ResearchBlogging.orgLast week I posted about the effects of alcohol availability on the amount of violence in an area and mentioned that disorder in the area might also contribute to this. I thought this needed expanding upon, are we really so shallow as a species that we allow the environment that we may be in only briefly to dictate how we behave?

This approach to behaviour is referred to as the Broken Windows Theory and states that signs of disorderly behaviour will beget more disorderly behaviour. These signs might be graffiti, littering or the observation that legitimate signage requesting a particular behaviour is being ignored. We are a species that learns by watching others, it is reasonable to conclude that we don’t only pick up good and productive behaviours in this way but potentially antisocial or destructive behaviours as well.

Acting on this theory cities around the world have embarked on projects to clean up urban areas in order to reduce the instance of petty crime. Trouble was that there was no conclusive evidence to back this theory up. A paper that goes some way towards rectifying this was published in late 2008. It looked at the effects of manipulating the environment on the propensity for people to break either social norms, police enforced ordinances or requests by companies.

The paper hypothesised that people were not merely copying behaviours but that indications of social or legal norms not being followed in an area allowed other personal goals to override our normal instincts to act in socially acceptable ways. To investigate this the researchers set up conditions to see if the breaking of one rule lead to the breaking of a different rule e.g. graffiti leading to littering or litter leading to stealing.

In all 6 studies were performed, in the first an ally where bicycles were commonly parked was set up to have either clean or graffiti covered walls. The effect of this environment on littering was then observed by attaching a useless flyer onto the bicycle handlebars and counting instances of littering compared to those that took the flyer with them (there were no bins in the ally). In the clean wall condition 33% of those collecting bikes littered, compared with 69% in the graffiti condition.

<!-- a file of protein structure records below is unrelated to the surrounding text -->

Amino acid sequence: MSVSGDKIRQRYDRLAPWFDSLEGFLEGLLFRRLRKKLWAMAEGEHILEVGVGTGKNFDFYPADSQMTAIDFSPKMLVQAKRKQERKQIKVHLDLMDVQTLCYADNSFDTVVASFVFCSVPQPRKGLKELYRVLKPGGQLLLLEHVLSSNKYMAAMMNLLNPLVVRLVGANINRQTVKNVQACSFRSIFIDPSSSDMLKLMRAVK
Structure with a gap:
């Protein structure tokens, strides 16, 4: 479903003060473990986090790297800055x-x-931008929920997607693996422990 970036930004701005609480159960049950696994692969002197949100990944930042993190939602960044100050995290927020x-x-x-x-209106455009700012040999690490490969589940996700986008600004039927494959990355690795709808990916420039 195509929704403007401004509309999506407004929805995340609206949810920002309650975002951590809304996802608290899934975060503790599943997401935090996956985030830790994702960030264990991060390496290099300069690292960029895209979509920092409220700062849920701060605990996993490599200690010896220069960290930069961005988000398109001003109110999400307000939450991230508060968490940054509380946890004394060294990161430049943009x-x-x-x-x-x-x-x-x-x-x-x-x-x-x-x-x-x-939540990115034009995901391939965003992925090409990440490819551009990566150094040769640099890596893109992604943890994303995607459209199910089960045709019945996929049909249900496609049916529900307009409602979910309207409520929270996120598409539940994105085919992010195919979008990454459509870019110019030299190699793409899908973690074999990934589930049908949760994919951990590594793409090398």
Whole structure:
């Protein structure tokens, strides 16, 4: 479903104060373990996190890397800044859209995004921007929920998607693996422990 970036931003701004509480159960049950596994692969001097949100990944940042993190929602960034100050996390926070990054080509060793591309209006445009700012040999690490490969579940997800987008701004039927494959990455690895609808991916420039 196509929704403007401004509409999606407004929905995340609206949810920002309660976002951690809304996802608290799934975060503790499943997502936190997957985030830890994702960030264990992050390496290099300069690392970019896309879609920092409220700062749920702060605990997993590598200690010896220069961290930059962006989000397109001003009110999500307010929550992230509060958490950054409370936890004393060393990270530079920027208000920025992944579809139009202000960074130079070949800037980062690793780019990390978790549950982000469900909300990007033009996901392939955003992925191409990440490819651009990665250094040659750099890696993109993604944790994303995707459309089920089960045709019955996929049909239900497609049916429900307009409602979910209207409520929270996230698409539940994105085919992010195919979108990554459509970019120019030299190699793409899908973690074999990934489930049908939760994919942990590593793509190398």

In the second study the conditions were whether an injunction to not lock bicycles to a fence would affect whether or not people would take a police sanctioned detour. Two signs were placed along the fence of a car-park, the first prohibited locking bicycles to the fence while the second advised that the closest entrance to the car-park was closed and that a second entrance 200 metres further along had to be used. The entrance was closed with a temporary fence but a gap left that could be used. Bicycles were then conspicuously left either locked or not locked to the fence. When the bicycles were not locked to the fence 73% of people entering the car-park took the detour compared with only 18% when the bikes were seen violating the sign.

I think we can see a pattern emerging. I’m going to skip the third and forth studies that are variations on the littering theme and to go straight for the fifth and sixth. These two studies concerned stealing and had very similar set-ups, an envelope visibly containing a €5 note was set-up hanging out of a mail collection box. The box was then either clean and the area around it tidy or the box was graffitied or there was litter around the box. Taking or opening the envelope were both counted as stealing. The clean and tidy condition resulted in 13% of passers-by stealing the envelope, whereas the graffiti and litter conditions resulted in 27% and 25% of people stealing respectively.

What does this tell us about human behaviour? First off I see it as very positive, social conventions are a powerful factor for encouraging acceptable behaviour, on balance people prefer to act responsibly in the absence of cues that suggest irresponsible behaviour is tolerated. This suggests that policing general behaviour may be achieved in a subtle fashion by re-enforcing social conventions rather than with actual shows of force and punishment. That said the authors of the paper take a slightly more pessimistic view of areas that have already succumbed to spreading disorder, concluding with this thought:

“.. once disorder has spread, merely fixing the broken windows or removing the graffiti may not be sufficient anymore. An effective intervention should now address the goal to act appropriately on all fronts.”

The trick then is prevention rather than clean-up, at least in areas where behaviours have become entrenched. I think this is good news over all.

Keizer, K., Lindenberg, S., & Steg, L. (2008). The Spreading of Disorder Science, 322 (5908), 1681-1685 DOI: 10.1126/science.1161405

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